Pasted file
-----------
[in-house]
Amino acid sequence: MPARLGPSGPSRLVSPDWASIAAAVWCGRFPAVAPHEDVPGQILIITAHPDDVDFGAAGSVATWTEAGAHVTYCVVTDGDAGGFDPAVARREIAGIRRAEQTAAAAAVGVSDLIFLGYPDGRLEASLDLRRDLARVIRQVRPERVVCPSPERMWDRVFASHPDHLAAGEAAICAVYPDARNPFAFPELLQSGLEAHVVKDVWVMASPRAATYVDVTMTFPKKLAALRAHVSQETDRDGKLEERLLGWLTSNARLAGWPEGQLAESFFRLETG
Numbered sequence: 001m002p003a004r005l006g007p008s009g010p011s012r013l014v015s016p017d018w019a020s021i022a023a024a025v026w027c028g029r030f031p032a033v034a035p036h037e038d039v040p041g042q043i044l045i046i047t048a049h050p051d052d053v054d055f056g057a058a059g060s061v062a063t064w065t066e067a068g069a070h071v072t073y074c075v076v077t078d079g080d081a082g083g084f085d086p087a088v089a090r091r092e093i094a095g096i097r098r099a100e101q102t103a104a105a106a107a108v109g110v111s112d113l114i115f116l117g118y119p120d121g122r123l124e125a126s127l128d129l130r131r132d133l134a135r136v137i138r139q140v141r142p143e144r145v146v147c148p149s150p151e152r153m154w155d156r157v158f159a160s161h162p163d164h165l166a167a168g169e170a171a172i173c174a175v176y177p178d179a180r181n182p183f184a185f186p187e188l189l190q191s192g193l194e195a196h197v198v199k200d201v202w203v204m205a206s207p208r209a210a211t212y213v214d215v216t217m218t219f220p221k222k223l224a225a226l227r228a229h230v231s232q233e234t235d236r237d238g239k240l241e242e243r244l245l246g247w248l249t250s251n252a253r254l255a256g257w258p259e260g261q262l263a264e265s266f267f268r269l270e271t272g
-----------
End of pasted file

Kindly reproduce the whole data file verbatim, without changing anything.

[in-house]
Amino acid sequence: MPARLGPSGPSRLVSPDWASIAAAVWCGRFPAVAPHEDVPGQILIITAHPDDVDFGAAGSVATWTEAGAHVTYCVVTDGDAGGFDPAVARREIAGIRRAEQTAAAAAVGVSDLIFLGYPDGRLEASLDLRRDLARVIRQVRPERVVCPSPERMWDRVFASHPDHLAAGEAAICAVYPDARNPFAFPELLQSGLEAHVVKDVWVMASPRAATYVDVTMTFPKKLAALRAHVSQETDRDGKLEERLLGWLTSNARLAGWPEGQLAESFFRLETG
Numbered sequence: 001m002p003a004r005l006g007p008s009g010p011s012r013l014v015s016p017d018w019a020s021i022a023a024a025v026w027c028g029r030f031p032a033v034a035p036h037e038d039v040p041g042q043i044l045i046i047t048a049h050p051d052d053v054d055f056g057a058a059g060s061v062a063t064w065t066e067a068g069a070h071v072t073y074c075v076v077t078d079g080d081a082g083g084f085d086p087a088v089a090r091r092e093i094a095g096i097r098r099a100e101q102t103a104a105a106a107a108v109g110v111s112d113l114i115f116l117g118y119p120d121g122r123l124e125a126s127l128d129l130r131r132d133l134a135r136v137i138r139q140v141r142p143e144r145v146v147c148p149s150p151e152r153m154w155d156r157v158f159a160s161h162p163d164h165l166a167a168g169e170a171a172i173c174a175v176y177p178d179a180r181n182p183f184a185f186p187e188l189l190q191s192g193l194e195a196h197v198v199k200d201v202w203v204m205a206s207p208r209a210a211t212y213v214d215v216t217m218t219f220p221k222k223l224a225a226l227r228a229h230v231s232q233e234t235d236r237d238g239k240l241e242e243r244l245l246g247w248l249t250s251n252a253r254l255a256g257w258p259e260g261q262l263a264e265s266f267f268r269l270e271t272g